The form of vitamin E found in many plant seeds – but not in most manufactured nutritional supplements – might halt the growth of prostate and lung cancer cells, according to a Purdue University study.
A team led by Qing Jiang (pronounced "ching zhang") has found that gamma-tocopherol, which occurs naturally in walnuts, pecans, sesame seeds, and in corn and sesame oils, inhibits the proliferation of lab-cultured human prostate and lung cancer cells. The vitamins presence interrupts the synthesis of certain fatty molecules called sphingolipids, important components of cell membranes. However, the gamma-tocopherol leaves healthy human prostate cells unaffected, which could give it value as an anticancer agent.
"This is the first time gamma-tocopherol has been shown to induce death in lab-grown human cancer cells while leaving healthy cells alone," said Jiang, who is an assistant professor of foods and nutrition in the College of Consumer and Family Sciences. "This could be wonderful news for cancer patients if the effect can be reproduced in animal models. But because most nutritional supplements contain only alpha-tocopherol, a different form of vitamin E that alone does not have these anticancer properties, it may be better to supplement the diet with mixed forms of vitamin E. The study shows that the anticancer effect is enhanced when mixed forms are used."
Chad Boutin | EurekAlert!
Fine organic particles in the atmosphere are more often solid glass beads than liquid oil droplets
21.04.2017 | Max-Planck-Institut für Chemie
Study overturns seminal research about the developing nervous system
21.04.2017 | University of California - Los Angeles Health Sciences
The nearby, giant radio galaxy M87 hosts a supermassive black hole (BH) and is well-known for its bright jet dominating the spectrum over ten orders of magnitude in frequency. Due to its proximity, jet prominence, and the large black hole mass, M87 is the best laboratory for investigating the formation, acceleration, and collimation of relativistic jets. A research team led by Silke Britzen from the Max Planck Institute for Radio Astronomy in Bonn, Germany, has found strong indication for turbulent processes connecting the accretion disk and the jet of that galaxy providing insights into the longstanding problem of the origin of astrophysical jets.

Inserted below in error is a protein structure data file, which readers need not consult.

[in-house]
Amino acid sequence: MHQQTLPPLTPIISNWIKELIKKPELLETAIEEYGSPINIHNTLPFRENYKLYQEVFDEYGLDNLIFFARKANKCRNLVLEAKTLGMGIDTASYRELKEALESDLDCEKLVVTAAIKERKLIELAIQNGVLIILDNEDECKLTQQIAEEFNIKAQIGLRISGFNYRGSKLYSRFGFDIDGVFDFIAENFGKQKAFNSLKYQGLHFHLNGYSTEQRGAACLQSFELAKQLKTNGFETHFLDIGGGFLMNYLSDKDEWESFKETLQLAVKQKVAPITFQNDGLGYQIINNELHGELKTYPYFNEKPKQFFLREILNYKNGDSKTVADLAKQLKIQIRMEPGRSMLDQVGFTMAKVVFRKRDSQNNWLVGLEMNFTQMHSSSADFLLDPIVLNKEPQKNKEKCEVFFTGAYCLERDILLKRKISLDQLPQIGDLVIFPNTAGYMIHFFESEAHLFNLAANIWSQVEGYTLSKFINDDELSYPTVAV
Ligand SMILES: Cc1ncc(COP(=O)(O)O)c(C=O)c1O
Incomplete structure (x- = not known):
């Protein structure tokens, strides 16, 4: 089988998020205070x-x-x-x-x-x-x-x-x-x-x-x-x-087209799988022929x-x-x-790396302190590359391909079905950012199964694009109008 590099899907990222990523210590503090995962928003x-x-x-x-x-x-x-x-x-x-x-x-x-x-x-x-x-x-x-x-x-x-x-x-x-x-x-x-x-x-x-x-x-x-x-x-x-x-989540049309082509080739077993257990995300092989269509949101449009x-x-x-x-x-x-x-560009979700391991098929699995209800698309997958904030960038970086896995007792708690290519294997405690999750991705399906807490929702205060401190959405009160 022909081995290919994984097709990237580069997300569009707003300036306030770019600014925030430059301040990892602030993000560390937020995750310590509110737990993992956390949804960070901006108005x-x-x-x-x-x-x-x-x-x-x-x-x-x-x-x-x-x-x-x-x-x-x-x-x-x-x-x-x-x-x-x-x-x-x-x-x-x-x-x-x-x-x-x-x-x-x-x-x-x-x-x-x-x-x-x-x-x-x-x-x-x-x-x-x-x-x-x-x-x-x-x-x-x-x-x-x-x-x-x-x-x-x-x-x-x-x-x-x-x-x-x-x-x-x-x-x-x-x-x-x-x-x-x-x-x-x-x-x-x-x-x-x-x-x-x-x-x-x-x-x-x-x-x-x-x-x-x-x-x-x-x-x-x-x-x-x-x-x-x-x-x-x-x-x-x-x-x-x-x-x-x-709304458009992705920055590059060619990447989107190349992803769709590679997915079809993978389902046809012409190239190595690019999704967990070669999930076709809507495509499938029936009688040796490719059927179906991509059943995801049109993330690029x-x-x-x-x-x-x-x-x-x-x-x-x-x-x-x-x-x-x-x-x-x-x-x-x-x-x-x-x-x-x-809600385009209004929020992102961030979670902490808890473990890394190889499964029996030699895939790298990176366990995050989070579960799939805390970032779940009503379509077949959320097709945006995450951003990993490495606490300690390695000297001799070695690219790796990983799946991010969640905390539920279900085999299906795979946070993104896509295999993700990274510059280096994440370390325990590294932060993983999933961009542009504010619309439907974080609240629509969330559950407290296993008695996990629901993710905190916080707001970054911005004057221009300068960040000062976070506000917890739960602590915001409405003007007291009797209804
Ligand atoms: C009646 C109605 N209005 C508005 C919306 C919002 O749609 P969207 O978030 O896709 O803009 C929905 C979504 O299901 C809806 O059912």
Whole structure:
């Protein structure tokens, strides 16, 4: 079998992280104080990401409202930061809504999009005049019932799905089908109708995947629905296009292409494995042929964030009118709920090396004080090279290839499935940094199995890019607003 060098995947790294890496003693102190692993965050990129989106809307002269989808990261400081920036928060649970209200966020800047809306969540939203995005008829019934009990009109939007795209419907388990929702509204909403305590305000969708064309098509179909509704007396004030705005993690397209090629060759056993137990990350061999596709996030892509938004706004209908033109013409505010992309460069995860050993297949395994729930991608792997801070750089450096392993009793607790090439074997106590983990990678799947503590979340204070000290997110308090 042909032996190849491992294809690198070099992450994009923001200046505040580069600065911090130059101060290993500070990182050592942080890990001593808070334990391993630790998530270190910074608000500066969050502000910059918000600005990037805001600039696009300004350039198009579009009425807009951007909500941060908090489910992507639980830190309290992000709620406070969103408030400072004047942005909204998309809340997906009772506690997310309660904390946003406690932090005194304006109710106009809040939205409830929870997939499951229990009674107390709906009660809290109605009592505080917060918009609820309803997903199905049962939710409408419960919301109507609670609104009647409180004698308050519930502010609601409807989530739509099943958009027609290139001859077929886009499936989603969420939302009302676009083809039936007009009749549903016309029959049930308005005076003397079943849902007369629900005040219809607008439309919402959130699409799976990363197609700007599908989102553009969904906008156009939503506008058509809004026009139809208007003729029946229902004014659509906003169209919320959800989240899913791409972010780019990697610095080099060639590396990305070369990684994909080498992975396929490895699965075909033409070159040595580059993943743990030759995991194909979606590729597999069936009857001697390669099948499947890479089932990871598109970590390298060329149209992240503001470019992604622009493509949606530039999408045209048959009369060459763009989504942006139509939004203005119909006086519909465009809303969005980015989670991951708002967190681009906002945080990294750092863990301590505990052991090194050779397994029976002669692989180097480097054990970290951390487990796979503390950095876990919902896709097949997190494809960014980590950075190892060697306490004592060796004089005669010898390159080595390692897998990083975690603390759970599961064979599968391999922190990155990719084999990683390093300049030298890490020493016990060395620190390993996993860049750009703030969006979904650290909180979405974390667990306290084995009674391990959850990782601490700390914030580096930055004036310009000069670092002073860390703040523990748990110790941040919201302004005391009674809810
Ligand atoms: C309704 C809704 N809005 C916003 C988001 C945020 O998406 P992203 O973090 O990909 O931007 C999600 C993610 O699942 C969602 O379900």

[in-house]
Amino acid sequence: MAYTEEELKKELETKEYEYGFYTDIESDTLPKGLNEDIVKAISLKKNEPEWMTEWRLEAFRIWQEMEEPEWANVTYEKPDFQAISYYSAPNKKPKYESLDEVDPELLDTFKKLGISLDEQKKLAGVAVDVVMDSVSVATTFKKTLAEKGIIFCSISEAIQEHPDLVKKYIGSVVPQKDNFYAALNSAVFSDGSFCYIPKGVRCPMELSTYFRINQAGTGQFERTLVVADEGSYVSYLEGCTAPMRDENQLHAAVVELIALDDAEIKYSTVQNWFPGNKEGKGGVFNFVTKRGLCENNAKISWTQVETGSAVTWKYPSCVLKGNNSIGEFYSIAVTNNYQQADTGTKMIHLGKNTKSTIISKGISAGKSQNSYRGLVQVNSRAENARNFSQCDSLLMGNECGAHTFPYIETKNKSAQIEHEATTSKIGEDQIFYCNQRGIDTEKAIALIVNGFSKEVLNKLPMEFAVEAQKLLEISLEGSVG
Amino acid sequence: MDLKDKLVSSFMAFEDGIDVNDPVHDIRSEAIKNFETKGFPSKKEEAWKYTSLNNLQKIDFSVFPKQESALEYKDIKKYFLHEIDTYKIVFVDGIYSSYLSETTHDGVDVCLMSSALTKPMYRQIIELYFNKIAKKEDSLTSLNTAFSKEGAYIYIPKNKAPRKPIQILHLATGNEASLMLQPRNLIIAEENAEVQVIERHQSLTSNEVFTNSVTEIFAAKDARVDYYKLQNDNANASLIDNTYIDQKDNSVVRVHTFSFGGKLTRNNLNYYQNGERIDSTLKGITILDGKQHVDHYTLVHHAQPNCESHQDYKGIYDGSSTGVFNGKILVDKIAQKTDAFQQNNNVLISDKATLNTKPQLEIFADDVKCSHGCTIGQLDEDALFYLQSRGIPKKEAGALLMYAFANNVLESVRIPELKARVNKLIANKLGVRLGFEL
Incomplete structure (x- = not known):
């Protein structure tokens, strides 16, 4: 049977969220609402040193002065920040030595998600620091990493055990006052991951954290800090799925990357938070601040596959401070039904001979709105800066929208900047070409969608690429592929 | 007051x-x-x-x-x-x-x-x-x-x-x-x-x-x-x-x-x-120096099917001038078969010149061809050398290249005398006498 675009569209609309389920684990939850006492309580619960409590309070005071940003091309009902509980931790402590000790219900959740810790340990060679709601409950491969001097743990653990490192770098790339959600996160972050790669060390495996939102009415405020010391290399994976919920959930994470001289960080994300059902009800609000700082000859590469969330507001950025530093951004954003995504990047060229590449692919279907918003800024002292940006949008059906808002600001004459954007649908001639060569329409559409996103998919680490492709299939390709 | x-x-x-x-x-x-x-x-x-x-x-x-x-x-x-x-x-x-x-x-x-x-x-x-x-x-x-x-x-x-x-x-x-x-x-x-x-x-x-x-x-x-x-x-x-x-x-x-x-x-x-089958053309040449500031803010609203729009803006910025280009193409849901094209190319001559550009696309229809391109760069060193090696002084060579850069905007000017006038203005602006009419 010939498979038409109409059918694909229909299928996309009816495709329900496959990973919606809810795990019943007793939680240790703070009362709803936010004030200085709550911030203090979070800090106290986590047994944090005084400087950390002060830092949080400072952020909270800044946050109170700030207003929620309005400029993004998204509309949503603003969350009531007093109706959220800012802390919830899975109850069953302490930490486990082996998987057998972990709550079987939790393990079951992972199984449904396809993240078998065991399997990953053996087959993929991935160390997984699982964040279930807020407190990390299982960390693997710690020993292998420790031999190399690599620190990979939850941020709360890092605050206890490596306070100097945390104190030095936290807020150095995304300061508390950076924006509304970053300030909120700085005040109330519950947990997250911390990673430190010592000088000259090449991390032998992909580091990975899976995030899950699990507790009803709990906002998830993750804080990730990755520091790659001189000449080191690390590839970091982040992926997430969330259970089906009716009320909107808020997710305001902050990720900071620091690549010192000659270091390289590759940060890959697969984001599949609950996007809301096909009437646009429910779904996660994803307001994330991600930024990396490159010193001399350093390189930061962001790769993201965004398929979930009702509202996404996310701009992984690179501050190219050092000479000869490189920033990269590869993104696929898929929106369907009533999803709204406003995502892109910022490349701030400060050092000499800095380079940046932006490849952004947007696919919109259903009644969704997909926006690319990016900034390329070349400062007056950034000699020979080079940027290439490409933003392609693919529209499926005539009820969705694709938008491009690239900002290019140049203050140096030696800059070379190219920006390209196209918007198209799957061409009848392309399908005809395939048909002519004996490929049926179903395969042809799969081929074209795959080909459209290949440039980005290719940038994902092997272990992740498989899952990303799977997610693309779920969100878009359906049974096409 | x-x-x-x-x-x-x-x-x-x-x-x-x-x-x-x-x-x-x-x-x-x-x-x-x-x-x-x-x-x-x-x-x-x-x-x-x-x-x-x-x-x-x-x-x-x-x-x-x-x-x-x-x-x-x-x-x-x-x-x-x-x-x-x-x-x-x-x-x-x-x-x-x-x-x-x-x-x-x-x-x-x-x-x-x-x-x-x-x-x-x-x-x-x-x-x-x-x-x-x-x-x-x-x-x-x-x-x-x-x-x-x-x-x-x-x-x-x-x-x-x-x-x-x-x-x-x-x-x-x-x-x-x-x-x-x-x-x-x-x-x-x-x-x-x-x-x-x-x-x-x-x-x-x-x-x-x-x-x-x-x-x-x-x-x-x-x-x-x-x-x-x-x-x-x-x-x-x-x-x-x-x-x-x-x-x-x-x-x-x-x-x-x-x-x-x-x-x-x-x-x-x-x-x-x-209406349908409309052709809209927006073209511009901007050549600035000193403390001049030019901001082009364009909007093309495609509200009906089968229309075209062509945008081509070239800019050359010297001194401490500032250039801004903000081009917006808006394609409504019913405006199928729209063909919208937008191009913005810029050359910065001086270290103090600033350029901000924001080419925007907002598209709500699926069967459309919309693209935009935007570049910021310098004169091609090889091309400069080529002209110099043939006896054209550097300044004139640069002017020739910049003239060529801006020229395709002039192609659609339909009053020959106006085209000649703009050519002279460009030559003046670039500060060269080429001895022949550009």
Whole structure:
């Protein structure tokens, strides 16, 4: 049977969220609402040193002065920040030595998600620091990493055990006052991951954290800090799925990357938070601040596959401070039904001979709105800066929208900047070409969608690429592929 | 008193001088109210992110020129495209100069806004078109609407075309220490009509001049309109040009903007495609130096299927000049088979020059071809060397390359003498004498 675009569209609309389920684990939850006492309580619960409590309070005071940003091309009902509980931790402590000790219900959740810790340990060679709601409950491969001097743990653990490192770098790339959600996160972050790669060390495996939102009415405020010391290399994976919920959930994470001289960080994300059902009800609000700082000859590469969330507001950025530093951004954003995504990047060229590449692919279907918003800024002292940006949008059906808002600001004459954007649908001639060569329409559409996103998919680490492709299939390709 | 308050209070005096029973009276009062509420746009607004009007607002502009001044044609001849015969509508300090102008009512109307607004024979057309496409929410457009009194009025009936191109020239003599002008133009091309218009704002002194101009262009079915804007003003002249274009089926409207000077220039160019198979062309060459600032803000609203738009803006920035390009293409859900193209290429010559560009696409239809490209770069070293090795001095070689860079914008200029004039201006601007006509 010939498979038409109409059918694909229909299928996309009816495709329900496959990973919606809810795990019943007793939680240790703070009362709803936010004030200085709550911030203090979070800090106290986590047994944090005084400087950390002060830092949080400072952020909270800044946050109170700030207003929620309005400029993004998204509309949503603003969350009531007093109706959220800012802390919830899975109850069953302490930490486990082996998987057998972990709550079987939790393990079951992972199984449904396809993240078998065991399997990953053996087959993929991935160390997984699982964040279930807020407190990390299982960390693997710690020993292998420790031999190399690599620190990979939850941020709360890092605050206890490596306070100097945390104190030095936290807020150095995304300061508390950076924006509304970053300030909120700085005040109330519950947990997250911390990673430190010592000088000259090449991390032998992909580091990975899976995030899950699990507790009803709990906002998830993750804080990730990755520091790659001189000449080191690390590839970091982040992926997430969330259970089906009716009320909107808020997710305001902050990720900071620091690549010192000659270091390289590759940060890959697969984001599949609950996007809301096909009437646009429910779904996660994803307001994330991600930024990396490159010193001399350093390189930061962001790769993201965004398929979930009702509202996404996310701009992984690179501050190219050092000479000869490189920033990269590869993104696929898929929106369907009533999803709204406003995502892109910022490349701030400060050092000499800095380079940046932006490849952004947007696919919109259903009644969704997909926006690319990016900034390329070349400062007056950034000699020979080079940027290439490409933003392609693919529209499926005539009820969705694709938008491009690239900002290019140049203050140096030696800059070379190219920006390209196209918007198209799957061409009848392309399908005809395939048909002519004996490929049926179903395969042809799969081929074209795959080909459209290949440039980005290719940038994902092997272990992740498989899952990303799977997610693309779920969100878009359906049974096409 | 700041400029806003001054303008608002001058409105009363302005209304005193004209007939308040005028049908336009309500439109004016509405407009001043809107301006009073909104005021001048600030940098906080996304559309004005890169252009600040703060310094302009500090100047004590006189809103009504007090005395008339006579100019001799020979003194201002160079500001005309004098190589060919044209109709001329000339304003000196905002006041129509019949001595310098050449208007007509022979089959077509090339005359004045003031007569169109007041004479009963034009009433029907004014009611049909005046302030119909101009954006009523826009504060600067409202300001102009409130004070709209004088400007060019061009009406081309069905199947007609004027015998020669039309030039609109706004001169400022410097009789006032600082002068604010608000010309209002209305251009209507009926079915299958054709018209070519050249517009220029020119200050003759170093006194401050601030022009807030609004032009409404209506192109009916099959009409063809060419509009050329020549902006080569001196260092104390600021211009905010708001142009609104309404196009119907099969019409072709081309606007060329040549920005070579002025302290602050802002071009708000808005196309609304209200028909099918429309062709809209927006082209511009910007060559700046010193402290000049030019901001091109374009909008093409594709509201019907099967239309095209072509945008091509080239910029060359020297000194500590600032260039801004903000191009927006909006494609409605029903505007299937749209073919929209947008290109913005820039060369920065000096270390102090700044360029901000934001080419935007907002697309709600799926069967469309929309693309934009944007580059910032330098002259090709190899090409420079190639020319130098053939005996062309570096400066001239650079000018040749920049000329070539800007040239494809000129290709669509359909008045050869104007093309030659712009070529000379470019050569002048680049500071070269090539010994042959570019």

Supermassive black holes form some of the most enigmatic phenomena in astrophysics. Their enormous energy output is supposed to be generated by the...
The probability to find a certain number of photons inside a laser pulse usually corresponds to a classical distribution of independent events, the so-called...
Microprocessors based on atomically thin materials hold the promise of the evolution of traditional processors as well as new applications in the field of flexible electronics. Now, a TU Wien research team led by Thomas Müller has made a breakthrough in this field as part of an ongoing research project.
Two-dimensional materials, or 2D materials for short, are extremely versatile, although – or often more precisely because – they are made up of just one or a...
Two researchers at Heidelberg University have developed a model system that enables a better understanding of the processes in a quantum-physical experiment...
Glaciers might seem rather inhospitable environments. However, they are home to a diverse and vibrant microbial community. It’s becoming increasingly clear that they play a bigger role in the carbon cycle than previously thought.
A new study, now published in the journal Nature Geoscience, shows how microbial communities in melting glaciers contribute to the Earth’s carbon cycle, a...
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21.04.2017 | Physics and Astronomy
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21.04.2017 | Physics and Astronomy